# How can I make an odd-numbered list of questions/solutions?

I'm trying to make two odd-numbered lists, one with excercises and the other one with solutions, but the latter should have only 4k+1 odd-numbered items. Example: List of questions: 1) 3) 5) 7) etc List of solutions 1) 5) 9) 13) Which commands should I use??

• Take a look at the enumitem for a package which gives you control over the appearance of lists such as enumerate. – Skillmon May 28 '17 at 17:15
• What is k here? And how does (say) having q questions translate into 4k + 1 items? – Werner May 28 '17 at 17:16
• @Werner I guess he means $k \in \mathbb{N}^+$ (or he wants 4001 odd-numbered items, who knows) – Skillmon May 28 '17 at 17:23
• Sorry, I'm going to edit my quesiton. – Juani May 28 '17 at 17:44

I hope I got your question right. Here is a rather primitive way of accomplishing what I hope you want:

\documentclass[]{article}

\let\itembak\item
\makeatletter
\newcommand{\odditems}[1][2]{%
\setcounter{\@listctr}{\numexpr1-#1}%
\renewcommand{\item}[1][]{%
\ifx\relax##1\relax%
\itembak%
\else%
\itembak[##1]%
\fi%
}%
}
\makeatother

\begin{document}
\noindent
first:
\begin{enumerate}
\odditems
\item first
\item second
\item third
\end{enumerate}
second:
\begin{enumerate}
\odditems[4]
\item first
\item second
\item third
\end{enumerate}
\end{document}


EDIT: The enumerate is nestable (but in a counter intuitive way):

\begin{enumerate}
\odditems
\item first
\item second
\item third
\begin{enumerate}
\odditems[1]% this second call of \odditems allows the nested use
\item third.first
\item third.second
\item third.third
\end{enumerate}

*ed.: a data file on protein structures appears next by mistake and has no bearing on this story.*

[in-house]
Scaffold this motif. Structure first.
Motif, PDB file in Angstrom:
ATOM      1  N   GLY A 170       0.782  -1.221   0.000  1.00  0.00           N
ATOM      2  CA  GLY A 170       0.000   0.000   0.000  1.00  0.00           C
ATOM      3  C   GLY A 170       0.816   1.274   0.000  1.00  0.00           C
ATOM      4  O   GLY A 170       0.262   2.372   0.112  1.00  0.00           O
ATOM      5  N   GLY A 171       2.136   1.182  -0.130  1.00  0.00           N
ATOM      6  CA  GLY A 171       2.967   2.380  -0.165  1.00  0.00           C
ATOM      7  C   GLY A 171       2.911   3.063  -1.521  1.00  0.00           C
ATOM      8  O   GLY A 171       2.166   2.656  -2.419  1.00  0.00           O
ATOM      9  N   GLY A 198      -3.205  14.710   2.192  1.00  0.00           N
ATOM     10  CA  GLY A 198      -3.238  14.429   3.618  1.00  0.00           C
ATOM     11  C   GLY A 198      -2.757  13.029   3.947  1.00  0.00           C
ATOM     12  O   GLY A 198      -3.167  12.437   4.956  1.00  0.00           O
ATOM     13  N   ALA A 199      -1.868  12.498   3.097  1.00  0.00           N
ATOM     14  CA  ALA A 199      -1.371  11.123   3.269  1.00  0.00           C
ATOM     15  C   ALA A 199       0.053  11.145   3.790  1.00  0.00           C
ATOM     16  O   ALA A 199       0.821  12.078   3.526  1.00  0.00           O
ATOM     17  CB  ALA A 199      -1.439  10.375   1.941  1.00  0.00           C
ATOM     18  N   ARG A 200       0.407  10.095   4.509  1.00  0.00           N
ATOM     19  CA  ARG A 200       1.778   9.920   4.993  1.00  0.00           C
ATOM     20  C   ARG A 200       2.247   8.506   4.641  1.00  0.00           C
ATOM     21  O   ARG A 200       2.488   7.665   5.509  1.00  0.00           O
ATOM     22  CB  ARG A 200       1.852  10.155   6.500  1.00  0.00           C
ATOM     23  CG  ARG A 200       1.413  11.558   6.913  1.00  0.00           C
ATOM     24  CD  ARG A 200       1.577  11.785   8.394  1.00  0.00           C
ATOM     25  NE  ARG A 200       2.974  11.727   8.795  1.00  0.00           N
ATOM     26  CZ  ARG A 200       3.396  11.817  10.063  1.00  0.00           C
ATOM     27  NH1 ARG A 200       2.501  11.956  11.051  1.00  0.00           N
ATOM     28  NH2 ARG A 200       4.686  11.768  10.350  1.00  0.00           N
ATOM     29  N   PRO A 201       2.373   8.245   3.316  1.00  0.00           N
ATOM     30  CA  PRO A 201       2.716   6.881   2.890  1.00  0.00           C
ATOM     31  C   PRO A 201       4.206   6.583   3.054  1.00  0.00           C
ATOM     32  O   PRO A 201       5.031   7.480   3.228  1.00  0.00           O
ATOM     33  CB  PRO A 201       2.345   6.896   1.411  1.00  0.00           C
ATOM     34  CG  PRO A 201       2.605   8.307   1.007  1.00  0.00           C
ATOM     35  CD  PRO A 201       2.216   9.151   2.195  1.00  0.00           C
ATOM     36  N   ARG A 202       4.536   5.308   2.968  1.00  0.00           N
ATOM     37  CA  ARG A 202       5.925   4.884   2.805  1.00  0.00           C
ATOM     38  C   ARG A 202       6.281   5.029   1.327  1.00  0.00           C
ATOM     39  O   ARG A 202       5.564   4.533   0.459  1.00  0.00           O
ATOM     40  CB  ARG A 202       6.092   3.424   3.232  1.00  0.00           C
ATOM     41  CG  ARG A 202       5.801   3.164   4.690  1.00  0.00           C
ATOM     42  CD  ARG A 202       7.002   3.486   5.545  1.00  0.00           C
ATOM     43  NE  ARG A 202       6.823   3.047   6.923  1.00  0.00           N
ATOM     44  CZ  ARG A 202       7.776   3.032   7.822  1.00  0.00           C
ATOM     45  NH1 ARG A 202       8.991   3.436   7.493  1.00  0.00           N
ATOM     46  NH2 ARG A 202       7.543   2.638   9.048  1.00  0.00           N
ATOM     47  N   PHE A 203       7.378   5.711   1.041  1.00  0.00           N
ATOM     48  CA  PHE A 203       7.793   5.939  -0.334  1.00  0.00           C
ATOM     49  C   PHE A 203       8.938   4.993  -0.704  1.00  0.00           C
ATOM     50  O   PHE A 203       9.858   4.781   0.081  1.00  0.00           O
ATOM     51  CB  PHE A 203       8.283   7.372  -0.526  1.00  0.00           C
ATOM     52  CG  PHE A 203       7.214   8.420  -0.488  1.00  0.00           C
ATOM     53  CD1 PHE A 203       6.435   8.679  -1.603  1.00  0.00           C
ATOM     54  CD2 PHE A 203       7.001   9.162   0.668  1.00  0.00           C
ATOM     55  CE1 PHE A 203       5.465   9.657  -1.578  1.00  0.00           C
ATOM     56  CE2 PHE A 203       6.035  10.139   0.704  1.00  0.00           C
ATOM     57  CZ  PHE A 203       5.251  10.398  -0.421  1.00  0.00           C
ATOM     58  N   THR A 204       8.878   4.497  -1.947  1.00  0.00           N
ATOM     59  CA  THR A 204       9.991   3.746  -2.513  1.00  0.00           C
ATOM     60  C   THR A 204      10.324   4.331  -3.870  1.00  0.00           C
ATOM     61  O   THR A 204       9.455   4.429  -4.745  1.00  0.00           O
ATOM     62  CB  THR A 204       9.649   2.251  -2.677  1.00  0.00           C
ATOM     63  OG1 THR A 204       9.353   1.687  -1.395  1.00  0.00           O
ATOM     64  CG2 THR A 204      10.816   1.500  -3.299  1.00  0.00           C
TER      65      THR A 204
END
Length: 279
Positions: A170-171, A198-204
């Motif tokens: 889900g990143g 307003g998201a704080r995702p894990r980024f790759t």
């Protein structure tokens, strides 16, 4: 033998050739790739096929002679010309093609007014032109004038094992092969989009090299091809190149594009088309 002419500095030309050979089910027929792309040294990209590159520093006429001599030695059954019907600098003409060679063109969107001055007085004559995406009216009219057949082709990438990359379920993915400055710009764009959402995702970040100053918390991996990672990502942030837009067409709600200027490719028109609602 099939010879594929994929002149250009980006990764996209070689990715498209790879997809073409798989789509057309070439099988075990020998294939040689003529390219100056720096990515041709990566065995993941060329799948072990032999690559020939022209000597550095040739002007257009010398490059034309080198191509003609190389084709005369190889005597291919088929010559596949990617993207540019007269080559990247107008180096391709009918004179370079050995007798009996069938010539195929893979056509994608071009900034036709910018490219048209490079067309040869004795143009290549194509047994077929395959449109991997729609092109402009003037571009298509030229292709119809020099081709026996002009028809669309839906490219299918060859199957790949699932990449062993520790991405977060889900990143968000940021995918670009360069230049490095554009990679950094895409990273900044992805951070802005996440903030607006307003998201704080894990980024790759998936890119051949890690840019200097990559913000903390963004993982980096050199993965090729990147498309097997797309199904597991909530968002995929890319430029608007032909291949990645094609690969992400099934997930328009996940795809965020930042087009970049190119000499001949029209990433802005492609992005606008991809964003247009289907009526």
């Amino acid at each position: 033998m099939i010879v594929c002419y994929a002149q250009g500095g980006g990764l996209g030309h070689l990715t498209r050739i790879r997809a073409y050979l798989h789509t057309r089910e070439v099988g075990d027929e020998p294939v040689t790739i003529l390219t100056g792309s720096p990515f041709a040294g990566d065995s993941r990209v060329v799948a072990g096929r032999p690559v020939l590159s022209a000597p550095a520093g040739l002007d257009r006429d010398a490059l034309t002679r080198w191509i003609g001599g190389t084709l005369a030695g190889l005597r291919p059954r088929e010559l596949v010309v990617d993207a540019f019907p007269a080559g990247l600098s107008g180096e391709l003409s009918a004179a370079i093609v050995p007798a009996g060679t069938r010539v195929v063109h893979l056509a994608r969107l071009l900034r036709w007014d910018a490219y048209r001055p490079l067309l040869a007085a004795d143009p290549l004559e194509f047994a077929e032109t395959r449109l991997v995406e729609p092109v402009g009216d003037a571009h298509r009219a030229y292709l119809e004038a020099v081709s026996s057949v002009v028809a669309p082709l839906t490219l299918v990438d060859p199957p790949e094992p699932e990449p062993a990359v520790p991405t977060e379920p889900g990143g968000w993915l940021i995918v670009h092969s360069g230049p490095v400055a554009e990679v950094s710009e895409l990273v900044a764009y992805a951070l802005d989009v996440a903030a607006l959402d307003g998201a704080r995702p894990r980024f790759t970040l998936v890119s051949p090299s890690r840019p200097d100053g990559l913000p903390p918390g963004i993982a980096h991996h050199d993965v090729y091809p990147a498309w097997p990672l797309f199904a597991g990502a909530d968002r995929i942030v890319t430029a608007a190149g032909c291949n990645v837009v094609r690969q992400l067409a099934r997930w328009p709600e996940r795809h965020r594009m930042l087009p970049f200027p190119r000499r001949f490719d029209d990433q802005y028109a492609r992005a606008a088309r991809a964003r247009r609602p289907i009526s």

\item fourth
\end{enumerate}

• @Juani though I am glad that it works and is what you wanted, you should not accept this answer just now. It is (almost) always better to wait a few hours so you might get better answers. – Skillmon May 28 '17 at 17:49

The following example provides an automated way of setting questions and answers. (Expandable) calculations are provided by xfp and can be generalised as needed:

\documentclass{article}

\usepackage{xfp}

\newcounter{question}\newcounter{question@}
\newenvironment{questions}
{\setcounter{question@}{0}%
\begin{enumerate}
\let\olditem\item
\renewcommand{\item}{%
\setcounter{question}{\fpeval{2*\value{question@}}}\refstepcounter{question}%
\olditem[\thequestion)]\leavevmode\stepcounter{question@}%
}}
{\end{enumerate}}

\begin{enumerate}
\let\olditem\item
\renewcommand{\item}{%
}}
{\end{enumerate}}

\begin{document}

Questions:
\begin{questions}
\item first
\item second
\item third
\item fourth
\end{questions}


The modification of \item doesn't allow for nesting of other lists within questions or answers.
• I don't get why you need xfp for that. You could use \addtocounter{answer@}{4} instead of the \fpeval{4*\value{anwer@} (same is true for question). What is the advantage of using the package? – Skillmon May 28 '17 at 18:36
• @skillmon True; I reference the fact that with xfp one can generalize the calculation to anything arbitrary. – Werner May 28 '17 at 18:40